“It really motivated me,” she said. “I thought about that frog a lot. There are lots of swamps and bogs up north [Northern Connecticut], and they take thousands of years to form. There are old ponds that take hundreds of years to form.”
Neighbors Shambhavi Tiwari and Lindsay Matthews, who live near the mural in the Taft Apartments.
The plants in the mural include the red-eared Sarracenia purpurea or purple pitcher plant; Drosera filiformis or thread-leaved sundew; the round and spoon-leaf sundew; and several varieties of Utricularia, or hearty bladderworts that bloom in water across the state. In the plaza, they burst as big, bright leaves and flowering fronds across the steps. Tu has used the built environment to her advantage: the plants take shape over multiple stairs, as if they are rising out of the earth.
Thursday, neighbors Shambhavi Tiwari and Lindsay Matthews said they are both incredibly excited to have the work downtown. The two live next door to each other in the Taft Apartments building on College Street, which is just a few minutes from the mural. Matthews called it “ a sheer joy” in the space.
“I can see how much more beautiful and homey the city has become,” added Tiwari, a postgraduate associate at the Yale School of Public Health.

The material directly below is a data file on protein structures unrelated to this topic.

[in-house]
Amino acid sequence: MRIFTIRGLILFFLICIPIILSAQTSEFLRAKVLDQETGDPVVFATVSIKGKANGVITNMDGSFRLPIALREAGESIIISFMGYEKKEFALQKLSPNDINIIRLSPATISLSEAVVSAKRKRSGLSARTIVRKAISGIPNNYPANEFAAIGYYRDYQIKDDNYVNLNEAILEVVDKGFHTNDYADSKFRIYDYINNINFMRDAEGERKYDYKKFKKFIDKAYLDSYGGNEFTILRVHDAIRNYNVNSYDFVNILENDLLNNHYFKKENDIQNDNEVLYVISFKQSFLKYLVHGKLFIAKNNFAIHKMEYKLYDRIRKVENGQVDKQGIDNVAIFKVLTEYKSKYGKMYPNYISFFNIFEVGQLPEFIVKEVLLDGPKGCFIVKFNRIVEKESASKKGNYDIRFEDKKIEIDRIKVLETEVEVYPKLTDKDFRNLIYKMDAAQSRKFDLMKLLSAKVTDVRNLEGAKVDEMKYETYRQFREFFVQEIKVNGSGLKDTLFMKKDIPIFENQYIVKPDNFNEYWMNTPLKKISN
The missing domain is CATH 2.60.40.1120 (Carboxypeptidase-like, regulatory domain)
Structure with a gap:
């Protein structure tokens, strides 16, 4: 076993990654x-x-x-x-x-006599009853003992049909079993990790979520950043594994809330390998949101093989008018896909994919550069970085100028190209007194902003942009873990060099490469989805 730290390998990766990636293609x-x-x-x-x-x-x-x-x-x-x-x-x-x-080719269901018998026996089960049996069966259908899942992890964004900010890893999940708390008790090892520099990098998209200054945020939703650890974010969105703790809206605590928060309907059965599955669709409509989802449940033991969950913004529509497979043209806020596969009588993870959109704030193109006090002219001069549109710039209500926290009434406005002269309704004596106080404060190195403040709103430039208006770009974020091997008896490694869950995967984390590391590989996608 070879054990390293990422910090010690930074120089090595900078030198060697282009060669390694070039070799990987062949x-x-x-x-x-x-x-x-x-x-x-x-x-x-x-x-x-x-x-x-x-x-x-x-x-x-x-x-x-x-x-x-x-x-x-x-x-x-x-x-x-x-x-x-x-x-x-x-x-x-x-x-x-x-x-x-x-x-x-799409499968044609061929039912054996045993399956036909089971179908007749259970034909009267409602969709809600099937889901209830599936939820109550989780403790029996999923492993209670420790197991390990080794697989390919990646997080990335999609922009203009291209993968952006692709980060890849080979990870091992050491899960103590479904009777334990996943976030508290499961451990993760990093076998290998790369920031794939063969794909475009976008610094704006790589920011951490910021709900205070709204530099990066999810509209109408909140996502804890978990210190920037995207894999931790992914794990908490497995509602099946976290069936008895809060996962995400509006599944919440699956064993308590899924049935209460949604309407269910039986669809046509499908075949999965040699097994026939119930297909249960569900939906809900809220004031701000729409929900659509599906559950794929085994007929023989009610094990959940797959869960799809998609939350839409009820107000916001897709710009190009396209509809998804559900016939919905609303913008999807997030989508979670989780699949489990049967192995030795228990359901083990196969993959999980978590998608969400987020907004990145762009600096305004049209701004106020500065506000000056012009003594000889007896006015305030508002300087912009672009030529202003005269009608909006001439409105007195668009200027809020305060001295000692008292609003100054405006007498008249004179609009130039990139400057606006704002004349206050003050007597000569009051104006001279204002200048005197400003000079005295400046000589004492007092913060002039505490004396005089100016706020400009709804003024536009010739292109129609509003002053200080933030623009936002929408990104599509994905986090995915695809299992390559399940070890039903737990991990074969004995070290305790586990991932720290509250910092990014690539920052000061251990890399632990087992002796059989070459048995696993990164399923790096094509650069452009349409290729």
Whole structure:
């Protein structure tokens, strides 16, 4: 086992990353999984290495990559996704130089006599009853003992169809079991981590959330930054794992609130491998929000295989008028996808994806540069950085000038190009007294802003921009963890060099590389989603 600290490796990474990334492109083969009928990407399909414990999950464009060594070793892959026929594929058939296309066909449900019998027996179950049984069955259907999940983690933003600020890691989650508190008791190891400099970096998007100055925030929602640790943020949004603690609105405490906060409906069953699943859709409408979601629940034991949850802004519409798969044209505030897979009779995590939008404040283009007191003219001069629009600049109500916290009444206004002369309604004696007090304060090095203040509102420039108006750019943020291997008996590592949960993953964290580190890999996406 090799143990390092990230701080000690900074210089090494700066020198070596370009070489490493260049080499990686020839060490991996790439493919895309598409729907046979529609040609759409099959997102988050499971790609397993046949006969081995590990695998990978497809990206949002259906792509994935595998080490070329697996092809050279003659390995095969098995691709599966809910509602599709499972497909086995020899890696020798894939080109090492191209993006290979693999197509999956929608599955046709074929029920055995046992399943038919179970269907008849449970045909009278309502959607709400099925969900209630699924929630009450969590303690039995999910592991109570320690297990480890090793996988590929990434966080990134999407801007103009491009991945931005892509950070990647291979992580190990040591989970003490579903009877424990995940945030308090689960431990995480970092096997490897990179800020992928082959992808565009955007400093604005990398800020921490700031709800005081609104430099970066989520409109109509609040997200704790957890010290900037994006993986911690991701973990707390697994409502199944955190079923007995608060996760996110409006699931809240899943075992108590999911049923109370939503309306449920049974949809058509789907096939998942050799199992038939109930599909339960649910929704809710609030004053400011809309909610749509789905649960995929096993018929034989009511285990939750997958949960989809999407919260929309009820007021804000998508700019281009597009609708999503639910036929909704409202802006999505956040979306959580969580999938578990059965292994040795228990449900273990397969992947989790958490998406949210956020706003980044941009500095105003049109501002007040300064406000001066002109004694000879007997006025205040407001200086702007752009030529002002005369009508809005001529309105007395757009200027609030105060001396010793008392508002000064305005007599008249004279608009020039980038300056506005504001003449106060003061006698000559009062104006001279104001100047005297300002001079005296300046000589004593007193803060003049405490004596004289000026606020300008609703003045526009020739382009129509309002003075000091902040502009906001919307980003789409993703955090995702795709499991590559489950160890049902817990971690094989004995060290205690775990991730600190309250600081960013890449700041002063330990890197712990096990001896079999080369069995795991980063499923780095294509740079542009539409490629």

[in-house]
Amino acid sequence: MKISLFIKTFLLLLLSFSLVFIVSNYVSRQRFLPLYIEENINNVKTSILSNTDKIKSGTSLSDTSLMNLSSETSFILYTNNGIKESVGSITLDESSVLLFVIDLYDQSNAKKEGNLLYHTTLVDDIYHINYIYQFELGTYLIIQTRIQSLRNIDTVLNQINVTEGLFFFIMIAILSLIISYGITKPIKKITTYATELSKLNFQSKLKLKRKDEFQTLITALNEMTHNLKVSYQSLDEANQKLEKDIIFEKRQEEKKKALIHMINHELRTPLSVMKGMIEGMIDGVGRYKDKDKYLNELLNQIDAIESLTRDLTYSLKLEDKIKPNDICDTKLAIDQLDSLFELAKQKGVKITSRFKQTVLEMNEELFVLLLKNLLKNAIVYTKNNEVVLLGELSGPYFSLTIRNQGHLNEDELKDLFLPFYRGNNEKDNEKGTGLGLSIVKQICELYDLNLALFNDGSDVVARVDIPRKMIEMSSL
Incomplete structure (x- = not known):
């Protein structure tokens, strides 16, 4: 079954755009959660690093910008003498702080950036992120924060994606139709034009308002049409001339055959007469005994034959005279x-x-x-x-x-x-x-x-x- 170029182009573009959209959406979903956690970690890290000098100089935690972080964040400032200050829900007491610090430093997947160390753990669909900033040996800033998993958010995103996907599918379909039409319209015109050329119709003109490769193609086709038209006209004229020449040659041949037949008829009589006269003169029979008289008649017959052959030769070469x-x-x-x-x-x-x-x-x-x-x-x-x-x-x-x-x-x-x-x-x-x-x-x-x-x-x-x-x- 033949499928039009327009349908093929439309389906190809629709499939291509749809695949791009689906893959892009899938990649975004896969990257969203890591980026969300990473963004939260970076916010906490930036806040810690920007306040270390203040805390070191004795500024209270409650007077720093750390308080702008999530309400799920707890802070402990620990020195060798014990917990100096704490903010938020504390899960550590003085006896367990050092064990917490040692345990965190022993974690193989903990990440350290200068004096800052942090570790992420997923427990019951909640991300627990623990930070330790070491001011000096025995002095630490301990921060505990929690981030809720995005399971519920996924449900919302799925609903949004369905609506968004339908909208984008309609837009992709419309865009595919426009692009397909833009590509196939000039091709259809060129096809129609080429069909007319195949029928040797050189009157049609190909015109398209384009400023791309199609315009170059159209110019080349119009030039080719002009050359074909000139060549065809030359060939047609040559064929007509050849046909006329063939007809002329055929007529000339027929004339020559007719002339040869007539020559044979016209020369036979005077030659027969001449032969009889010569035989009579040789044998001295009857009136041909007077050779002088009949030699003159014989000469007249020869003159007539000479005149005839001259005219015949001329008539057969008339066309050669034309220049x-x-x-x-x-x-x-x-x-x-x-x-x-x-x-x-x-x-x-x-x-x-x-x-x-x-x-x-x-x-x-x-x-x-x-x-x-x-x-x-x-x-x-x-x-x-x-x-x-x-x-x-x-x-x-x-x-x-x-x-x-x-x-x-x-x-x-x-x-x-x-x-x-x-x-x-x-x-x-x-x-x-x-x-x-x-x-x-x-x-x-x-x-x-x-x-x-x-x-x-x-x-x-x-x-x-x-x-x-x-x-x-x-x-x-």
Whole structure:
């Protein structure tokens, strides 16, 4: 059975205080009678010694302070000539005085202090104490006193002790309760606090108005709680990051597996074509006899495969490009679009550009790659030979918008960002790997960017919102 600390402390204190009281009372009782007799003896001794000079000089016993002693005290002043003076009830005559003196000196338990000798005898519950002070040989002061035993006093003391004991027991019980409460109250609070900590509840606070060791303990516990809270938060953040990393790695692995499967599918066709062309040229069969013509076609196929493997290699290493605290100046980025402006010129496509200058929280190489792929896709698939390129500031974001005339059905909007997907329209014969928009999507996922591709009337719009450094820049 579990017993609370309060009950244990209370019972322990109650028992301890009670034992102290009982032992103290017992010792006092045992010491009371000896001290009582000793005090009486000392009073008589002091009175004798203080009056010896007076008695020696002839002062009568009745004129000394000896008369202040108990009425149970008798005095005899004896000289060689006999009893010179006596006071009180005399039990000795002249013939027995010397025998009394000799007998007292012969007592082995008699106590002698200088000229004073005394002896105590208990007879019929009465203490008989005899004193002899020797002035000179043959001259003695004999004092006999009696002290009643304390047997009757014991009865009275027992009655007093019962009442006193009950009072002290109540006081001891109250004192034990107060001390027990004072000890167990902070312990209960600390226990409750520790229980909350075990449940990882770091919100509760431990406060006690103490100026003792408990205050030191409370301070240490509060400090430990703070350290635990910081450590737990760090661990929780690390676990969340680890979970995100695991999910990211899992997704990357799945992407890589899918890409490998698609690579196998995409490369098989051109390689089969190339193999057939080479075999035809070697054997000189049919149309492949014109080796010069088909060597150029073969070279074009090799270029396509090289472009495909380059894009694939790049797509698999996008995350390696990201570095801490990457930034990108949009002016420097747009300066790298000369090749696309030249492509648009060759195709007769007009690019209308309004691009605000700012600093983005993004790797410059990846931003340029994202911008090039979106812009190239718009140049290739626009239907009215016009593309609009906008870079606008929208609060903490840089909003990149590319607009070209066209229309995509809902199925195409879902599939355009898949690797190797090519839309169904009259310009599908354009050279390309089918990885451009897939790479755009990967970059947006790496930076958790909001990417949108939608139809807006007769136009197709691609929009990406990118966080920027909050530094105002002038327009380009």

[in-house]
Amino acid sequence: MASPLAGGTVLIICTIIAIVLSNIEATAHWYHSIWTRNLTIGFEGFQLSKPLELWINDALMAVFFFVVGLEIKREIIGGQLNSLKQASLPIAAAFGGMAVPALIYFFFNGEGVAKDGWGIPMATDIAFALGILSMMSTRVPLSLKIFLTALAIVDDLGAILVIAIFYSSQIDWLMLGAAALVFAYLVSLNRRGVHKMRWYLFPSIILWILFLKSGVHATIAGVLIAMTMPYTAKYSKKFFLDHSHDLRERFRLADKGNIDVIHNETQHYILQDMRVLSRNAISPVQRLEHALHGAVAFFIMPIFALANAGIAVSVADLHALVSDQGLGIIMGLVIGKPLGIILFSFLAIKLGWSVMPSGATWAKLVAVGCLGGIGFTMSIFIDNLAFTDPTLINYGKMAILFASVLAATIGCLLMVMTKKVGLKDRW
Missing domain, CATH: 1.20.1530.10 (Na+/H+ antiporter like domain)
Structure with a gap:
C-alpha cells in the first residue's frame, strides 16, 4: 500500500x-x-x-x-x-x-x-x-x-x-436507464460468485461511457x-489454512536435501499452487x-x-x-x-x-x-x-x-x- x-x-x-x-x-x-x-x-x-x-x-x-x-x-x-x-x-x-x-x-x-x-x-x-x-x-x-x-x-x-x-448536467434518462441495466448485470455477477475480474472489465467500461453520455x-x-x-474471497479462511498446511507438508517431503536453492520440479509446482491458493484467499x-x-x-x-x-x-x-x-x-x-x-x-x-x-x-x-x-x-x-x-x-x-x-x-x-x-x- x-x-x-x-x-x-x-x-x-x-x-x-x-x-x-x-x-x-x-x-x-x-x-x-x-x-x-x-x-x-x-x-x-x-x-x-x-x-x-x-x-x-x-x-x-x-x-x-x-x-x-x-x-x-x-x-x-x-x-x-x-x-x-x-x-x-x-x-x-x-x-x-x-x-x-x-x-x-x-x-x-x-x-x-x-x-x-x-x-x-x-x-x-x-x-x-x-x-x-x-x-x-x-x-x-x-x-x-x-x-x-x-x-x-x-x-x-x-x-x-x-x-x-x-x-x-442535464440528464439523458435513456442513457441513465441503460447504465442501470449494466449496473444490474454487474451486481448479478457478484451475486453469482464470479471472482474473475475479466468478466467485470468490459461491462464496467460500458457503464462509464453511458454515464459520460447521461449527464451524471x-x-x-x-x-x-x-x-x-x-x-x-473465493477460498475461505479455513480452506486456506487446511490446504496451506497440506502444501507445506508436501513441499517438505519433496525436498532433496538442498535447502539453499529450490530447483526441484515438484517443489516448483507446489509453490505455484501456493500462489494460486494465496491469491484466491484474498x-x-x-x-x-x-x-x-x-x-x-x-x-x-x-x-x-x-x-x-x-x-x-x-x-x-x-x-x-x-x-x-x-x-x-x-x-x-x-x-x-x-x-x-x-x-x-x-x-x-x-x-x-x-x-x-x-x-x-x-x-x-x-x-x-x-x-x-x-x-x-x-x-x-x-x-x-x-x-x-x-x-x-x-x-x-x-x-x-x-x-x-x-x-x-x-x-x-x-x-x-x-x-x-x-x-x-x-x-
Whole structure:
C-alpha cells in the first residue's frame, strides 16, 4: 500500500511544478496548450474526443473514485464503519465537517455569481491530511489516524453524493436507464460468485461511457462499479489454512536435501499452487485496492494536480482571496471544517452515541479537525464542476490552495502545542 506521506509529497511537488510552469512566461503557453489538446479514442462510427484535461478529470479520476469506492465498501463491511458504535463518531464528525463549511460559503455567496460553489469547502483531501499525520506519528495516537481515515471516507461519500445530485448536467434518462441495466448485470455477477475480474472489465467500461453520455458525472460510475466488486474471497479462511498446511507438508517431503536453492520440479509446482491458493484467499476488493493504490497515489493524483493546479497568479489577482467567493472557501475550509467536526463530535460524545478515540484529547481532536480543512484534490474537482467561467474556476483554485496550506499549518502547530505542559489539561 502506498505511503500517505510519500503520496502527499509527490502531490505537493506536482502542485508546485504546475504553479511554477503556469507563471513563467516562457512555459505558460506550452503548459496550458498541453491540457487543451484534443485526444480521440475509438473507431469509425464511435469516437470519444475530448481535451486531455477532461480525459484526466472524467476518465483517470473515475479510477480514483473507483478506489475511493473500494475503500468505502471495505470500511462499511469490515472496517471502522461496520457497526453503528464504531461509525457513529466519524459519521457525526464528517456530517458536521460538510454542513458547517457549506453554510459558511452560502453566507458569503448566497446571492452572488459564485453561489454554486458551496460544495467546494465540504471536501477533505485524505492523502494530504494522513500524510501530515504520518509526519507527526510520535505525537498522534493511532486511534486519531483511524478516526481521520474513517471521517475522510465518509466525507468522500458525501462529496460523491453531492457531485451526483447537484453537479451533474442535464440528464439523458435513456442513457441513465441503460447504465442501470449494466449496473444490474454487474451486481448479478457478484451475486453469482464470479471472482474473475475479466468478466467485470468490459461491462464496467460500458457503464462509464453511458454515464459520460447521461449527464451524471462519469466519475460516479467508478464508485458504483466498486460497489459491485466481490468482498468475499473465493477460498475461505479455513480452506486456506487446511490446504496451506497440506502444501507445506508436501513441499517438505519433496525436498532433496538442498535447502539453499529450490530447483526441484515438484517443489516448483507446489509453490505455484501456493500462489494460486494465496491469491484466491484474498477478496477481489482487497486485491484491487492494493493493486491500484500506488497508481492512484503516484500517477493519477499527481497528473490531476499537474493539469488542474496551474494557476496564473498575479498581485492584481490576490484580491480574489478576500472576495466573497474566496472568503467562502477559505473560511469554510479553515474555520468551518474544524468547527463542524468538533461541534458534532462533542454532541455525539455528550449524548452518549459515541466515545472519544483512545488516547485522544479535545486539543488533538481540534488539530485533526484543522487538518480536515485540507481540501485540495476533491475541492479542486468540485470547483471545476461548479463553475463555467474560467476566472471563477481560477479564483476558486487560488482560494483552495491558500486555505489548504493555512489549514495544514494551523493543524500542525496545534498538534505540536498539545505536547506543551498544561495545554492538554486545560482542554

Mendoza with The Sanctuary City of Past, Present and Future.
A four-block walk away, Weinberger and Mendoza’s The Sanctuary City of Past, Present and Future greets viewers in vibrant color in Pitkin Plaza. Joking that Weinberger did not need so much as a ladder—he is seven feet tall and goes by the sobriquet “Big Sam”—Bickley introduced the piece to applause from a small crowd that had gathered. Weinberger, who was finishing a mural in Boston, was unable to be at the event.
The work, which is meant to be viewed in the round, tells a story of migration and of New Haven in multiple parts. On one side, a sun spreads its orange and yellow rays over a bright landscape, as pink flowers bloom from a thicket of green cacti. To the sun’s left, fields stretch out toward the horizon and a smiling woman looks out onto the plaza, her hands to her chest. To her right, a mother and child walk towards New Haven. In the last chapter, two cyclists pedal forward towards New Haven’s blocky skyline.
As a Mexican immigrant who now lives in New Haven, Mendoza said the project was personal to him. When he first came to Bridgeport from the town of Villa de Zaachila in 1988, “I tried to open doors at every museum and every gallery.” No one wanted his art, he said—a trend he attributes to his status as an immigrant. Meanwhile, and his wife Luisa made a life in Connecticut for themselves and their three sons.